The spread of word about the Mongols helped others know about the coming of he Mongol army, and would even make many people flee towards them in submission. (144-147) 1 . The Mongols' encounters with religion had a large effect on their lives. Religious tolerance was evident in their society, so there were many people of different religions. Christianity was viewed as a praised, popular religion by some, but also as a group of hatred by others, due to the killing of Jews by Christians. The Mongols had a system of religious freedom; they required that the needs of the empire be served before there own, however.
Christianity was spread effectively around multiple areas, but the Mongols, for the most art, kept their religion and beliefs alive, not letting anything else alter that. (219 and pages from Chi. 9-10) 2. In the book, the Christian Crusaders, when they took cities such as Antioch in 1 098 and Jerusalem in 1 099, slaughtered the Jews and Muslims without regard for age or gender, but merely because of their religion. (116) 3. Genesis Khan used brute force to conquer his enemies. He would destroy empires and steal riches afterwards. Chablis Khan, however, was no Genesis Khan.
Chablis, even without the military skills of his grandfather, had clearly outsmarted everyone in his family. He possessed a keen strategic talent and he ability to have, and implement, good ideas; he applied these skills to the management of his territory, and its expansion toward the south. In the end, he proved able to achieve though public politics what his grandfather had not been able to achieve through brute force: the conquest and unification of all Chine, the most populous country on earth. (195) 4. Traditionally, merchants were accorded a relatively low social status in China.
The Mongols, however, had a more favorable attitude toward merchants and commerce -? their nomadic way of life, which is much reliant on trade with sedentary peoples, ad caused them to recognize the importance of trade from the very earliest times. Thus, the Mongols worked to improve the social status of merchants and traders throughout their domains. The Mongols always favored trade. Their nomadic way of life caused them to recognize the importance of trade from the very earliest times and, unlike the Chinese, they had a positive attitude toward merchants and commerce.
Support for trade characterized not only Mongol policy in China but their policy throughout their domains. The Mongols even tried to introduce paper money -? though this would come merely a failed experiment. Nonetheless, the attempt indicates the desire of the Mongols to provide additional assistance to traders. (250) 5. In the Mongolia Empire, there were common principles/innovations that they created during their rule. Some of these included paper money, international law, diplomatic immunity, primacy of the state over the church, and freedom of religion.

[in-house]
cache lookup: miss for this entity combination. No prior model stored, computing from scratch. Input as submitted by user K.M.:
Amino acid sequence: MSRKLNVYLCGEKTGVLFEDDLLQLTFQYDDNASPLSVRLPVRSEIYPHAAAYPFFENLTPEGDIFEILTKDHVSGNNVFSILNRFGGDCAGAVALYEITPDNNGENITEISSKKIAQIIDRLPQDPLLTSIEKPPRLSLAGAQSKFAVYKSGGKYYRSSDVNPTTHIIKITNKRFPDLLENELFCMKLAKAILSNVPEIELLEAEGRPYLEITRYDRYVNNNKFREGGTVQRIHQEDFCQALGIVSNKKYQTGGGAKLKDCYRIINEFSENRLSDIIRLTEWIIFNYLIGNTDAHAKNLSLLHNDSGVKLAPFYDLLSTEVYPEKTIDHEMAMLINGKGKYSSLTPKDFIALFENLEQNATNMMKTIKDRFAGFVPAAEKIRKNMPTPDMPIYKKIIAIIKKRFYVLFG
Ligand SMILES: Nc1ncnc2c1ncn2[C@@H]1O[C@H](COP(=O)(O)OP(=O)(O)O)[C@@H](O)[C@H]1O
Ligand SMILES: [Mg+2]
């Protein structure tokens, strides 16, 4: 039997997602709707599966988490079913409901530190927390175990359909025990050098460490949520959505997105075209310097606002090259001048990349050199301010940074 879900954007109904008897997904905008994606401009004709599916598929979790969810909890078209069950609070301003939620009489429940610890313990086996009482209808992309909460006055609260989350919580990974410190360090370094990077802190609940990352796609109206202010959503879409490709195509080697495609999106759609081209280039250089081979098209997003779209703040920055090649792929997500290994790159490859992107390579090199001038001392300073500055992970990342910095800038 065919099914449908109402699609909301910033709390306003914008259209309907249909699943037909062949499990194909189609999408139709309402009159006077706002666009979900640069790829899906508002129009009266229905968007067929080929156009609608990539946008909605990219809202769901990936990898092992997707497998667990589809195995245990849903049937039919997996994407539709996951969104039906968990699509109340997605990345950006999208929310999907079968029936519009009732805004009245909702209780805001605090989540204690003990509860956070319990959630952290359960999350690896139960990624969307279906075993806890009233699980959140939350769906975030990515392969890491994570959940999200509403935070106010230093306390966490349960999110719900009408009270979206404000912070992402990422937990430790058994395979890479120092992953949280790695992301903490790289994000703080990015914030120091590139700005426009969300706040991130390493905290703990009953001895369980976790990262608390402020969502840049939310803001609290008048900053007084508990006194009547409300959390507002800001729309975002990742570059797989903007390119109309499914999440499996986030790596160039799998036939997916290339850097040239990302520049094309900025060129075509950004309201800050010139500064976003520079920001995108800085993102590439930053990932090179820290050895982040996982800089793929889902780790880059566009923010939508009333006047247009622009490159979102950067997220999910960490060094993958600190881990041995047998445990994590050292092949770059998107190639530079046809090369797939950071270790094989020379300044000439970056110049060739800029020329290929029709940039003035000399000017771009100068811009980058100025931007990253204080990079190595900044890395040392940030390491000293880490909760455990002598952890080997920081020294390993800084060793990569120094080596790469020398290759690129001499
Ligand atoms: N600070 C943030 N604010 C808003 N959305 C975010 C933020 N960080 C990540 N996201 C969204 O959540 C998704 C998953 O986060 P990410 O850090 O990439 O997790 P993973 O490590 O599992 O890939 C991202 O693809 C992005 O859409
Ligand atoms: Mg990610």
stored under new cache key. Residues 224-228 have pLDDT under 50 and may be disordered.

These innovations have all led to our advantages in today's contemporary lifestyle: Paper money is used all around the world, making it one of the most common forms of currency used worldwide; international away is used to keep order and peace for everyone; diplomatic immunity is used where there are rulers/leaders, making them 'immune' to lawsuit/ prosecution under that host country's laws; freedom of religion, which is greatly used today, helps prevent religious prosecution in our society, and lets people freely practice and be proud of their beliefs. (236) 6.
As the people infected with the bubonic plague died, they infected those around them by violent coughing, sneezing and gasping. When the plague broke out in Mongolia and China, the Mongols brought the disease north with them. The disease was carried by fleas, but, even though they don't normally come in contact with humans, they traveled in the food crates of the Mongols. Also, China functioned as the manufacturing center of the Mongol World System, and as the goods poured out of China, the disease followed, seemingly spreading in all directions at once.
By 1338 the plague crossed from China over the Titan Shaman Mountains. The same Mongol roads and caravans that knitted together the Eurasian world of the thirteenth and fourteenth centuries moved more than mere silk and spices. The roads set up by the Mongols for merchants also served as the accidental transfer point for the fleas and, thereby, for the disease itself. With all the luxurious fabrics and more, the caravans brought the fleas that spread the plague from one camp to another, one village to another, one city to another, and one continent to another.
In the sixty years from 1340 until 1400, the population of Asia declined from 238 million to 201 million inhabitants, and Europe from 75 million to 52 million. (242-245) 7. Gender the widespread influences from the paper and printing, gunpowder and firearms, and the spread of the navigational compass and other maritime equipment, Europeans experienced a Renaissance, literally a rebirth, but it was not the ancient world of Greece and Rome being reborn: It was the Mongol Empire, picked up, transferred, and adapted by the Europeans to their own needs and culture.
The paintings shared a common source in the work of Ghetto did Bonded and his disciples. Although the frescoes of the church depicted events from the life of Christ, more than a thousand years before the Mongol Empire, only shortly before Mongol contact, the artists depicted many of their subjects as Mongols or used Mongol dress and cloth for them. The artists placed Mongols in a variety of Christian paintings with their distinctive clothing, headgear, and bows.
Haven’t found the relevant content? Hire a subject expert to help you with Genghis Khan
$35.80 for a 2-page paper